It would appear that there must be a shift in thinking on the part of both administrators and teachers as a whole. Attitudes must change in order for students to get the best value for monies invested in tuition, especially for online courses. More time and attention must be focused on winning over die hard anti-online proponents.  The cost vs. benefits of online courses should be studied more effectively to provide a good statistical basis which support arguments for online course material as a cost effective alternative to classroom courses. It is clear that more educators both on the front line and behind the scenes should rethink their ideas of the structure and nature of their own  understanding of the pedagogy of online education, in effect becoming re-acquainted with both old disciplines and the new. More research must be engaged in to ascertain the levels of effectiveness of online learning both in relation to costs and deliver of a quality product which gives students good value for money invested.

As an aside I personally happen to agree with the assertions made in the study. A nephew of mine taught Art History at a large eastern university, and he has expressed the opinion that both he and his colleagues there felt the average online college and university courses were, quite simply, garbage for exactly the reasons as mentioned above. This opinion was offered well prior to my starting this course so it was with a certain amount of interest that I noted his comments. While it is in no way a scientific statement of actual survey questions it does anecdotally give some credence to what is noted above, namely that faculty are resistant to the provision of online content and course work.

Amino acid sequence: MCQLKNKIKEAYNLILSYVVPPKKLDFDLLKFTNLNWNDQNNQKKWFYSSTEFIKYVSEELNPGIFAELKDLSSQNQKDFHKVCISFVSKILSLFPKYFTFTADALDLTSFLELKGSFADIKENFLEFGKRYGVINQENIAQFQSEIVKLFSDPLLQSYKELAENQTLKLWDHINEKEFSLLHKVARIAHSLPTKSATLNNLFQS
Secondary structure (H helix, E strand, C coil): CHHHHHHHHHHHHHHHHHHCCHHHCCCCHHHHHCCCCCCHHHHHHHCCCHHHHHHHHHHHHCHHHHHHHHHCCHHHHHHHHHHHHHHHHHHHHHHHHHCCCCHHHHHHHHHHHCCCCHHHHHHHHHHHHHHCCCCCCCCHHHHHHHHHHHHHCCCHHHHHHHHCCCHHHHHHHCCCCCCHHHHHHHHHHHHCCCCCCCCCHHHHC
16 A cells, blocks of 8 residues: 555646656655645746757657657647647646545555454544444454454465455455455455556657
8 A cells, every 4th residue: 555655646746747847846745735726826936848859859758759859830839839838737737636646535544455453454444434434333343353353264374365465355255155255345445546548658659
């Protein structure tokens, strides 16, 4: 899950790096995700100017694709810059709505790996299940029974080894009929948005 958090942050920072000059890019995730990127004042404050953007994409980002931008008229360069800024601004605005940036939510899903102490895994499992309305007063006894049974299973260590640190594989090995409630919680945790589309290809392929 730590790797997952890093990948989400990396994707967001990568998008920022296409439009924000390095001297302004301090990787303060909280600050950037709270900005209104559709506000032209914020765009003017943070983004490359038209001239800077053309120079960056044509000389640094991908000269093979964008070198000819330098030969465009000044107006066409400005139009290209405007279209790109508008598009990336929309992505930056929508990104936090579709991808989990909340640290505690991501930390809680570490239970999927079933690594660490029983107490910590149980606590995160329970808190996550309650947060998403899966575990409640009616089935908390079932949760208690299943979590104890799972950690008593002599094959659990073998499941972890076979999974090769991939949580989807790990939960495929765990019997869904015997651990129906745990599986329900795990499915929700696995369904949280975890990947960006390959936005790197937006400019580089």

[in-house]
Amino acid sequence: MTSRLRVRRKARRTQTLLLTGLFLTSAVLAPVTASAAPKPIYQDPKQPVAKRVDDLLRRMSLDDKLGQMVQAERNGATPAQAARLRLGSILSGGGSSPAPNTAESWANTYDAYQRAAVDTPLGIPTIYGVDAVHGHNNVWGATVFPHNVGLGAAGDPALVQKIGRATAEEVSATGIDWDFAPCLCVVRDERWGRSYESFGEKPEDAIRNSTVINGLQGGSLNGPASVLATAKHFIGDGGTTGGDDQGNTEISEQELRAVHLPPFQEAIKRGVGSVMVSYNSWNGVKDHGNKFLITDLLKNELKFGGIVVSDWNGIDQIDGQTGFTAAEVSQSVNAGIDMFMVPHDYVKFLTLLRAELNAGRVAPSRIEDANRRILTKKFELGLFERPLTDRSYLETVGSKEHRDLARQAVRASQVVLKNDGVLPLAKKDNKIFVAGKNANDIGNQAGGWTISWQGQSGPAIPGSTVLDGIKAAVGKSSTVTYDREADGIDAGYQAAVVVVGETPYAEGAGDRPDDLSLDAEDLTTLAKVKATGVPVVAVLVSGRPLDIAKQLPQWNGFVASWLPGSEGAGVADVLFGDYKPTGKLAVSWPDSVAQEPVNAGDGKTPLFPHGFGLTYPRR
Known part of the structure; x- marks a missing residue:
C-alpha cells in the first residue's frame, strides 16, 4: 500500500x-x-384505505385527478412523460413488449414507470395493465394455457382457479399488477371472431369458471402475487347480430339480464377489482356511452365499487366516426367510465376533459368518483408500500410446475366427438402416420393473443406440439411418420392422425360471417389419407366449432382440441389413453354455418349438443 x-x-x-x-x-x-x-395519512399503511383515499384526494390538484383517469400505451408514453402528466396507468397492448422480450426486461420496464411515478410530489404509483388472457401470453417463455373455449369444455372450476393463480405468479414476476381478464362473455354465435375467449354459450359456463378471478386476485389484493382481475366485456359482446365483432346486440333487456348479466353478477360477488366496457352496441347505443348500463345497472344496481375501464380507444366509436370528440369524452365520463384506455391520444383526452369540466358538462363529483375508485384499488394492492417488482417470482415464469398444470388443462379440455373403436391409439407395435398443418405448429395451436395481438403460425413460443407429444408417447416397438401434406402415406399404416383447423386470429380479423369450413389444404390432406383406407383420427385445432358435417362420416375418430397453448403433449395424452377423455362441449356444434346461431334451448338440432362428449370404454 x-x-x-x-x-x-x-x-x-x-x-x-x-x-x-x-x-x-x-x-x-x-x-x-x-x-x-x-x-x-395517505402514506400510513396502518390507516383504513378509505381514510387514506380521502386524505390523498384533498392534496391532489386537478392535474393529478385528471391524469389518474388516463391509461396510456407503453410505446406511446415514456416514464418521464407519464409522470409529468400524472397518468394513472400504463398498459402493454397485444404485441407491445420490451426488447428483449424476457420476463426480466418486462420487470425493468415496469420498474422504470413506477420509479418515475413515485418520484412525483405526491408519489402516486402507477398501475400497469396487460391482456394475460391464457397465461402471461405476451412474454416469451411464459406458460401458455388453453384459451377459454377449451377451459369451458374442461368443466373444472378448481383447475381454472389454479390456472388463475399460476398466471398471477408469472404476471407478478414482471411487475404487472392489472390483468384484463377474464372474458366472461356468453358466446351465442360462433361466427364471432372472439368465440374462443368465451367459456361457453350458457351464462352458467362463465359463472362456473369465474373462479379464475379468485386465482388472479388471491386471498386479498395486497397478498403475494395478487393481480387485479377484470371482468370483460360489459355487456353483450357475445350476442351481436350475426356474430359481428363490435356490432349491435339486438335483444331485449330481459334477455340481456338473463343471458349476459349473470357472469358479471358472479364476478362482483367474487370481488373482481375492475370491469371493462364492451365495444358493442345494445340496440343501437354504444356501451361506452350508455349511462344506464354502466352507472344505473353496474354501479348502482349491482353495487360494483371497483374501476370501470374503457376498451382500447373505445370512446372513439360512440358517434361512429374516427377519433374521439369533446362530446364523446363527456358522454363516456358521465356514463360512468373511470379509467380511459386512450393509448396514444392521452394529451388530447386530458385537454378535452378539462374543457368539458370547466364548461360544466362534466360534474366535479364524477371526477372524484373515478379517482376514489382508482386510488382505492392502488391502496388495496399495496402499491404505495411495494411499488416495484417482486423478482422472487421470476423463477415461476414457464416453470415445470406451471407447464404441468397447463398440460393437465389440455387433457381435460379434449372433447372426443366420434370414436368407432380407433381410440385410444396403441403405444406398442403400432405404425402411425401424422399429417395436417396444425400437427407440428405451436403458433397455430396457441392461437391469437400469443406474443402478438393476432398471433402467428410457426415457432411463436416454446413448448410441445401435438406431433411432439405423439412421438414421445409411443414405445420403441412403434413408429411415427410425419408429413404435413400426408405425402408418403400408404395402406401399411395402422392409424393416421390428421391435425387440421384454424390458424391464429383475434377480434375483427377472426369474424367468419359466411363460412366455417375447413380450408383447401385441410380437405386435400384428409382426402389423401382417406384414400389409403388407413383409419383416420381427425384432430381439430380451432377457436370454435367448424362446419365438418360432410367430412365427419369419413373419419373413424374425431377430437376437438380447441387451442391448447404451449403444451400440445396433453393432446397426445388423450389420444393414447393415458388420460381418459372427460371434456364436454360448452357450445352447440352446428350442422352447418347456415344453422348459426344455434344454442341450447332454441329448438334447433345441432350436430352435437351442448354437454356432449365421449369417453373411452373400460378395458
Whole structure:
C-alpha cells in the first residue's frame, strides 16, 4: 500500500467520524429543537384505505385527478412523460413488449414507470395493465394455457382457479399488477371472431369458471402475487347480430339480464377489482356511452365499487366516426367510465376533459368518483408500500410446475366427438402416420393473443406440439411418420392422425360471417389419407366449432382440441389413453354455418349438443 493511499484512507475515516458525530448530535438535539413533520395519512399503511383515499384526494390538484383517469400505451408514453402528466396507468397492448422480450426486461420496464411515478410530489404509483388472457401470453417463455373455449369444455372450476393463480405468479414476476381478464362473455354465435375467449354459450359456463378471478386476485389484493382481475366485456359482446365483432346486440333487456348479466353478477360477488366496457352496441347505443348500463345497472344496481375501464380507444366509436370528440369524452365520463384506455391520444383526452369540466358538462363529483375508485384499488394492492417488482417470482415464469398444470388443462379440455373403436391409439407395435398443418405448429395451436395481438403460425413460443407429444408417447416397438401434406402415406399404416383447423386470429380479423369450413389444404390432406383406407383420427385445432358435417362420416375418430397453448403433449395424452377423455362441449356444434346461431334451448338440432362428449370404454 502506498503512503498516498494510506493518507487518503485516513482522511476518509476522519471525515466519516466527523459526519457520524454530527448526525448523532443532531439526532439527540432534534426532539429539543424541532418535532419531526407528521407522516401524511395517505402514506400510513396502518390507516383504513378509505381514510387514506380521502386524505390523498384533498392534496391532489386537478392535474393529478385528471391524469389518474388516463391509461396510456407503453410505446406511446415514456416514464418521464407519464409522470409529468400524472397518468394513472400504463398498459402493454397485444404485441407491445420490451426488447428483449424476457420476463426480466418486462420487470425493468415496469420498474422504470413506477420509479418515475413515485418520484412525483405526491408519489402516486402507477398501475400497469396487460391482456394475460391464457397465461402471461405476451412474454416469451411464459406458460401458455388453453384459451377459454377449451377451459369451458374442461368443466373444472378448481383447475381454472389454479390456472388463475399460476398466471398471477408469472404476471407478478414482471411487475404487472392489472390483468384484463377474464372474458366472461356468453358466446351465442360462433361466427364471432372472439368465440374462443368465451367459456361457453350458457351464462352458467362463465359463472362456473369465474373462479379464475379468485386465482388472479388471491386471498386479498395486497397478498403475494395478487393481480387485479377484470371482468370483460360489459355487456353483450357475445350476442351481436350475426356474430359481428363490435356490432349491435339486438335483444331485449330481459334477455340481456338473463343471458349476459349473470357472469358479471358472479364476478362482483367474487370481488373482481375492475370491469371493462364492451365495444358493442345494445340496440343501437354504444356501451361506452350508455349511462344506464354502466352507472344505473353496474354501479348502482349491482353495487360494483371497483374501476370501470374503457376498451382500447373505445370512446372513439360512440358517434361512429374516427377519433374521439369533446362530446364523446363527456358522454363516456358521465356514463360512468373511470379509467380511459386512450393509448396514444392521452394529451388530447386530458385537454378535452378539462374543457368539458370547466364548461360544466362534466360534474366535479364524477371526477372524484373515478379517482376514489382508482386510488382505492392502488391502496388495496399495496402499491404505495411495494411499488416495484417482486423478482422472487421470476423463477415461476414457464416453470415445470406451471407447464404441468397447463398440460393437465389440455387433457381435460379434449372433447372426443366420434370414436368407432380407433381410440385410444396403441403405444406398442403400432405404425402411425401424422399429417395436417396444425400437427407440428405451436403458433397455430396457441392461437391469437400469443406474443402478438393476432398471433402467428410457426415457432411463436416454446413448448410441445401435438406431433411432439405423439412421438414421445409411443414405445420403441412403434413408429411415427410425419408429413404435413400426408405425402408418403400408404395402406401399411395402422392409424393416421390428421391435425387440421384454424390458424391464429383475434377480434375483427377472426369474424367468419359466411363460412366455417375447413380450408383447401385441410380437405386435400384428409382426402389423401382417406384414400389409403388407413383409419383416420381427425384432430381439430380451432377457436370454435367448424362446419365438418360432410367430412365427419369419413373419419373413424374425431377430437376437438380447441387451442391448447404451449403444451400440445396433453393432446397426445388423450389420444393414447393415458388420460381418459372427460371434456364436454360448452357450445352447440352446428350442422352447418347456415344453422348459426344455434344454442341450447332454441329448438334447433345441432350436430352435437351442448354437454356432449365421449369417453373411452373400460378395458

How will I apply lessons learned here in my design practice?

I will take some of the lessons learned here forward into my practice by:

  1. trying to be a  good advocate for online learning where and as possible, through dialogue with other instructors and teachers;
  2. endeavouring to stay ahead of the ongoing research into cognitive theory as it applies to learning and teaching;
  3. designing course content which is relevant to new theory yet rooted in best practice;
  4. try to remain open minded about new developments in the field;
  5. listening to students needs and requests;  learning and teaching is a two-way highway, not a goat trail in one direction only;
  6. advocate for more research into quality control and assurance with professional bodies and associations;
  7. attempting to remove barriers to online learning wherever possible.

I am still not happy with the content of this journal entry and think that I will use this as a basis for other explorations I other directions, for now that’s all I can do.


1)-  2011 Outlook for Online Learning and Distance Education,  Dr. Tony Bates, Contact North |;, 2011;

2)- Conflicted: Faculty and Online Education 2012, I. Elaine Allen, Ph.D., Jeff Seaman, Ph.D., Doug Lederman, Scott Jaschik, June 2012;

3)- Digital Faculty, Professors, Teaching and Technology 2012, I. Elaine Allen, Ph.D., Jeff Seaman, Ph.D., Doug Lederman, Scott Jaschik, August 2012;

4)- Managing Technology in Higher Education: Strategies for Transforming Teaching and Learning, A. Bates  and A. Sangrà ,2010  San Francisco: Jossey-Bass